Some health authorities in the United States and China have been using Remdesivir, an antiviral drug from Gilead Sciences that could be used to treat ebola outbreaks, in the hope that it could shorten the time it takes patients to contract the virus.

The head of the U.S. food and drug administration, John Hahn, said redeswell is undergoing clinical trials and could also be used to treat patients with new crown pneumonia infections, according to voa’s Herman at the White House.

Kaletra, an antiviral drug developed by AbbVie, a pharmaceutical company, is also used by some government departments through what is known as the “compassionate use” programme.

At the White House’s daily coronavirus briefing, Treasury Secretary Steven mnuchin said the White House’s massive economic stimulus plan will include $500 billion in direct payments to Americans.

In an interview with fox business network, mnuchin said the money would be split in two, $1,000 for each adult and $500 for each child, meaning a family of four would get $3,000.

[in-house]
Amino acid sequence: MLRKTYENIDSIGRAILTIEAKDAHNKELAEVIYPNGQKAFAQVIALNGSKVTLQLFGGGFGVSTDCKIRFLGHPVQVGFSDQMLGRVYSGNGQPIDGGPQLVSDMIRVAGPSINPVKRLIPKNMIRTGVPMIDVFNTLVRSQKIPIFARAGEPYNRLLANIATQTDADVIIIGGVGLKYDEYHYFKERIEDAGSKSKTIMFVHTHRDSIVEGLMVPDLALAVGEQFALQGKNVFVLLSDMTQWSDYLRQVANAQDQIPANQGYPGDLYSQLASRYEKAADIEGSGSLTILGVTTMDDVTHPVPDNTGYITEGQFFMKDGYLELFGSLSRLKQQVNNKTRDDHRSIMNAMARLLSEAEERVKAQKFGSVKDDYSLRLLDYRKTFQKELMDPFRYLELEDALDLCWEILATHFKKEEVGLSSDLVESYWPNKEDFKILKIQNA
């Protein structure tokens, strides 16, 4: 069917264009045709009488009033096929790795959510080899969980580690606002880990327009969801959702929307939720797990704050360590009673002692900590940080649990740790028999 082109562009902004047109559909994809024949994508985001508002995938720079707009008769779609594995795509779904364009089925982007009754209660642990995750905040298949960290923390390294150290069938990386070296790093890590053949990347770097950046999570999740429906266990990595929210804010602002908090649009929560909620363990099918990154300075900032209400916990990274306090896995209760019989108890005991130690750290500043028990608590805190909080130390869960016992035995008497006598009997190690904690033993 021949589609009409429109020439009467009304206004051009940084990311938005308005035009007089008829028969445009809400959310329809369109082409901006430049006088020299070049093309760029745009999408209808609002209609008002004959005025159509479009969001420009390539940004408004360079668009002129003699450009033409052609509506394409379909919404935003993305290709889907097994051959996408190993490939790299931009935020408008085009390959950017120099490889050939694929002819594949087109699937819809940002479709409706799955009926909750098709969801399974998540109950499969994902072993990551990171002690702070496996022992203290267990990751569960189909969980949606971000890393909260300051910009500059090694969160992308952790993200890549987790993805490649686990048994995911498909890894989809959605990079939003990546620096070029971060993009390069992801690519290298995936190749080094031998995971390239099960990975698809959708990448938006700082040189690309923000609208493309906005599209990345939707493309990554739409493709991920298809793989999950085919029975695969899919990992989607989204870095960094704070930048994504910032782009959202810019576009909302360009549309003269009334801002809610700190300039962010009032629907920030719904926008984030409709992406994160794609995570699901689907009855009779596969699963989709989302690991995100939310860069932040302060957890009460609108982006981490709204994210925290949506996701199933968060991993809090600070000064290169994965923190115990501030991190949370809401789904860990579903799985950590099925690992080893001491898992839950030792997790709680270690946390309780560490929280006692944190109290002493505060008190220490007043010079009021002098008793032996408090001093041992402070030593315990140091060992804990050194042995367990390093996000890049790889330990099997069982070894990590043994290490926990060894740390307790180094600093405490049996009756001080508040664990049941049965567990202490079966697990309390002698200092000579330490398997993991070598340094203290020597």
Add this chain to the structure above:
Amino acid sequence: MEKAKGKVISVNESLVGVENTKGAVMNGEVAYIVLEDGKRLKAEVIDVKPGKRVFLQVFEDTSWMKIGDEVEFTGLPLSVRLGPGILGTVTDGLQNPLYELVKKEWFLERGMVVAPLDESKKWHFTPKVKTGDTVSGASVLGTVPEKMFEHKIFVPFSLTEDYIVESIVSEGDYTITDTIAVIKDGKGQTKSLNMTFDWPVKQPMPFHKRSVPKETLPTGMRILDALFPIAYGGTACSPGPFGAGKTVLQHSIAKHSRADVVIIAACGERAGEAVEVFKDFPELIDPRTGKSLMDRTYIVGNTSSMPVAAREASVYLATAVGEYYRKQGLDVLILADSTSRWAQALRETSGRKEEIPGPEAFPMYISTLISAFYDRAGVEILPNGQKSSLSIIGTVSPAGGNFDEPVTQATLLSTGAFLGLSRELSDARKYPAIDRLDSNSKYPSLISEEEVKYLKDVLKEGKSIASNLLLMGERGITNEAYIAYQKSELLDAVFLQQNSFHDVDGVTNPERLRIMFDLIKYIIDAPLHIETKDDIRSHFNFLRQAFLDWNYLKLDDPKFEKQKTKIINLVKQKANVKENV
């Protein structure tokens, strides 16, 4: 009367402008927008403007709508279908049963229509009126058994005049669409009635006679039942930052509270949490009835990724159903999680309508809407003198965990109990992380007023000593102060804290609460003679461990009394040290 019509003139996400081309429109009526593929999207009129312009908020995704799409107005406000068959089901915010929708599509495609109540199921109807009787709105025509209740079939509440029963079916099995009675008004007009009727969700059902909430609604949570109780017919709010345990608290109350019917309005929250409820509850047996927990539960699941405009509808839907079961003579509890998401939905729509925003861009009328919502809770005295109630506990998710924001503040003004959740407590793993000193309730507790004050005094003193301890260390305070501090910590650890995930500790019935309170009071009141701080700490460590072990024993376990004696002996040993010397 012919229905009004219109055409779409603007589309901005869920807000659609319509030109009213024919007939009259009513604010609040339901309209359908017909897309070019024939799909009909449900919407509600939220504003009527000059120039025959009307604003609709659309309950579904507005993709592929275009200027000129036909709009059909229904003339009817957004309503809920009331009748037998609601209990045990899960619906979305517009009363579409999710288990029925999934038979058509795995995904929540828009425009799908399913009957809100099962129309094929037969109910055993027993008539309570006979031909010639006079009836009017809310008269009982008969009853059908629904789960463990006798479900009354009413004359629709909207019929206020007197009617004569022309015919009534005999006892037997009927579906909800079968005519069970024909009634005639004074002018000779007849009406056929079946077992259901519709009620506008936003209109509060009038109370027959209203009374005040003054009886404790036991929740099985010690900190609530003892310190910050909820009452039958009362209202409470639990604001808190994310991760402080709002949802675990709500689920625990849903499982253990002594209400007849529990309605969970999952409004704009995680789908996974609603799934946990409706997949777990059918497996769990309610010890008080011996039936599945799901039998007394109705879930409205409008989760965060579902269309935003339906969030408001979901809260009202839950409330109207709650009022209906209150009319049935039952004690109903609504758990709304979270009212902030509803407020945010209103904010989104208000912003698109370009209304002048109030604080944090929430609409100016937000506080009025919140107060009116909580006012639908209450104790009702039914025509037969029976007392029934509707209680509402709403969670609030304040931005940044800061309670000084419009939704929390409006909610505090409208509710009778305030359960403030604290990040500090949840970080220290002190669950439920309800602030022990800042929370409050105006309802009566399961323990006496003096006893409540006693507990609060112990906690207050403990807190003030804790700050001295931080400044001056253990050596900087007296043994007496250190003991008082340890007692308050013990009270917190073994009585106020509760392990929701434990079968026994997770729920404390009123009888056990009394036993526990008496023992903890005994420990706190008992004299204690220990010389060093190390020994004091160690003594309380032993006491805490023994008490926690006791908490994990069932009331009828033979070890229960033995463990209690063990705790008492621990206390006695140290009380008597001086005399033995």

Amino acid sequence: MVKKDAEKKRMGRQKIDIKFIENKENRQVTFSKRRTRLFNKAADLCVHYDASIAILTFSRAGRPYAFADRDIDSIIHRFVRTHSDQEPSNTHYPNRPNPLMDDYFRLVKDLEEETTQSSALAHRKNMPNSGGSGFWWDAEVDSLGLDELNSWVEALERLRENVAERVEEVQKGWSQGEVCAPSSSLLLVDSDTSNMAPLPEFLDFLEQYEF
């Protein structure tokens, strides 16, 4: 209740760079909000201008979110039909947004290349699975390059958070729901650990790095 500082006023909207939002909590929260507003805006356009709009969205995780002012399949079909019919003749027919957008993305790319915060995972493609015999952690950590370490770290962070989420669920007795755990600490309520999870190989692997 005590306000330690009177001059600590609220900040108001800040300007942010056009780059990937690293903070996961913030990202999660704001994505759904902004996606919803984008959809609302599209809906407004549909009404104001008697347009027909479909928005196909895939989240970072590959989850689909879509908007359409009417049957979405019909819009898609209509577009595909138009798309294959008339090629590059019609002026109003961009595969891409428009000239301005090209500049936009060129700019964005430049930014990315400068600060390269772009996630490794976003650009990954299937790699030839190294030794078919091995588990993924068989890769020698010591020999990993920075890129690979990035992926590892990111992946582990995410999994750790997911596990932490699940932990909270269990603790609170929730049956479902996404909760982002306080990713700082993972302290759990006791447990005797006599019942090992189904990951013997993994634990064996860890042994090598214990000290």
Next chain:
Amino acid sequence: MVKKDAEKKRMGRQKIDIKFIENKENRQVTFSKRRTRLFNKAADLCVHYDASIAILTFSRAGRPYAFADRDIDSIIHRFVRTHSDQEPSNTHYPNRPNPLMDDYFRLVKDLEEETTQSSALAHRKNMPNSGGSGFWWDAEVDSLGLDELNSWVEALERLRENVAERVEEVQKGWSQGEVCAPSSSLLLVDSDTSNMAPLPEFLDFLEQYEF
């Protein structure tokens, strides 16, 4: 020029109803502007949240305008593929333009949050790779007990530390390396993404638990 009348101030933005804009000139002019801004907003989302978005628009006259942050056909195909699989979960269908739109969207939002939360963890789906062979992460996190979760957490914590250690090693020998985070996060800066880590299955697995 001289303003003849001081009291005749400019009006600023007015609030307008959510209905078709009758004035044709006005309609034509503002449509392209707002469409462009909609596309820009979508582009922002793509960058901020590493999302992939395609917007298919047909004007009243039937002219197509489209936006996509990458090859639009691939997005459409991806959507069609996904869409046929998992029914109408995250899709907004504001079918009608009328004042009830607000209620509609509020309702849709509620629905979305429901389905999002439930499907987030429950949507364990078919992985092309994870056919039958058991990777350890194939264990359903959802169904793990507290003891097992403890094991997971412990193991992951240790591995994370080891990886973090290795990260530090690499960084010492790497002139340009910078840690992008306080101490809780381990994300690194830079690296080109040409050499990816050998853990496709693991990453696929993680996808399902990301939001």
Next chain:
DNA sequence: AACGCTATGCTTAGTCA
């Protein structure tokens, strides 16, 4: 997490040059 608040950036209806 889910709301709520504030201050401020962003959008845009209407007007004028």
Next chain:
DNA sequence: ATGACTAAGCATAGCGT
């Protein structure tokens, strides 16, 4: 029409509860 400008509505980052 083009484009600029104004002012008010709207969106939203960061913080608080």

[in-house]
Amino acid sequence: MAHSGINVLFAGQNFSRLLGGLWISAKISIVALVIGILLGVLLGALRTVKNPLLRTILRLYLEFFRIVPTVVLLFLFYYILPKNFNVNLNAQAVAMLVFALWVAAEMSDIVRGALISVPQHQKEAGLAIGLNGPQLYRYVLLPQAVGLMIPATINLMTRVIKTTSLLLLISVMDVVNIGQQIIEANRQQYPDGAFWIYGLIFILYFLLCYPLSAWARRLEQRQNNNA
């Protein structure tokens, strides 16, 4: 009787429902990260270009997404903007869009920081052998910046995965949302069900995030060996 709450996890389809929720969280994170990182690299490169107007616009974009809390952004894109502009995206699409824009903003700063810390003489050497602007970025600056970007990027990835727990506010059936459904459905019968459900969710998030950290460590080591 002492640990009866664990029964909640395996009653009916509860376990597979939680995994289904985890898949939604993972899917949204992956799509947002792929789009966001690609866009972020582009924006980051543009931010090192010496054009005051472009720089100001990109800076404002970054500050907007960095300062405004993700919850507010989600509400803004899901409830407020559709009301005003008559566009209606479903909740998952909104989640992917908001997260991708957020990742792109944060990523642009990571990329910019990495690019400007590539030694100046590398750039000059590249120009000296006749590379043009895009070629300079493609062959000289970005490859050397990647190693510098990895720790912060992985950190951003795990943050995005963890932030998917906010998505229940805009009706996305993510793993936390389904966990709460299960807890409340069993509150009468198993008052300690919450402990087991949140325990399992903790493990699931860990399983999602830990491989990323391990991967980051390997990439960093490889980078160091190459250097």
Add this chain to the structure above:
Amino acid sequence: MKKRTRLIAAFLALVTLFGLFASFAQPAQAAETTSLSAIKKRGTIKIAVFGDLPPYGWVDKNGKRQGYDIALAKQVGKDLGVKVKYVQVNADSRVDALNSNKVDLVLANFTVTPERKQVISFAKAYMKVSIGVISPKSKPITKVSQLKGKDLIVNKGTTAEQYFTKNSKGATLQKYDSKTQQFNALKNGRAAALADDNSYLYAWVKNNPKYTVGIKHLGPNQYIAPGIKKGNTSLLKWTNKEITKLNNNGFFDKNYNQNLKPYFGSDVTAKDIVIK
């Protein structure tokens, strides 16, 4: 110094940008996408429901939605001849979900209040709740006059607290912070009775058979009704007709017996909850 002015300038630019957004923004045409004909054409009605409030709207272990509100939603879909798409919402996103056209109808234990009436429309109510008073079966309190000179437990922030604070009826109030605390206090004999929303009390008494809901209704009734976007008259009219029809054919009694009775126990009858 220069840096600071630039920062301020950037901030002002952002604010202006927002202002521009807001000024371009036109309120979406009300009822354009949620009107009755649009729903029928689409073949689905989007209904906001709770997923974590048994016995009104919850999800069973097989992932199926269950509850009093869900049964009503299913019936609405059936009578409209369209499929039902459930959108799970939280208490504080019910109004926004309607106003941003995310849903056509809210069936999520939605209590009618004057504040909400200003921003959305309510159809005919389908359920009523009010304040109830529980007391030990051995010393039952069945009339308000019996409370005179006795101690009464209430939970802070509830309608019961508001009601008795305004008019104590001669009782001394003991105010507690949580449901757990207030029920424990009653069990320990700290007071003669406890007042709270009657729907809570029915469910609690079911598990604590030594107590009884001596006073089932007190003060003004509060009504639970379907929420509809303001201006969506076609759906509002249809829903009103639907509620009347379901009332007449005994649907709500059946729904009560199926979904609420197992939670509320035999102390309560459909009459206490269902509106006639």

“Once Congress passes this bill, we will do it in three weeks. And then, six weeks later, if the President believes there is still a national emergency, we will provide another $3,000.”

The new coronavirus has spread rapidly around the world, infecting more than 219,000 people and killing at least 8,900, according to Johns Hopkins University.

At least 10259 new cases of pneumonia have been confirmed in the us and at least 152 have died, us media reported.

As a result of the outbreak, the probability of the us economy falling into recession has increased.

The latest institutional survey gives the us economy an 80 percent chance of a recession in the next 12 months, up from 30 percent in the previous survey. Growth is expected to be 0.7% in the first quarter and -5% in the second quarter, compared with 1.5% and 1.8% in previous surveys.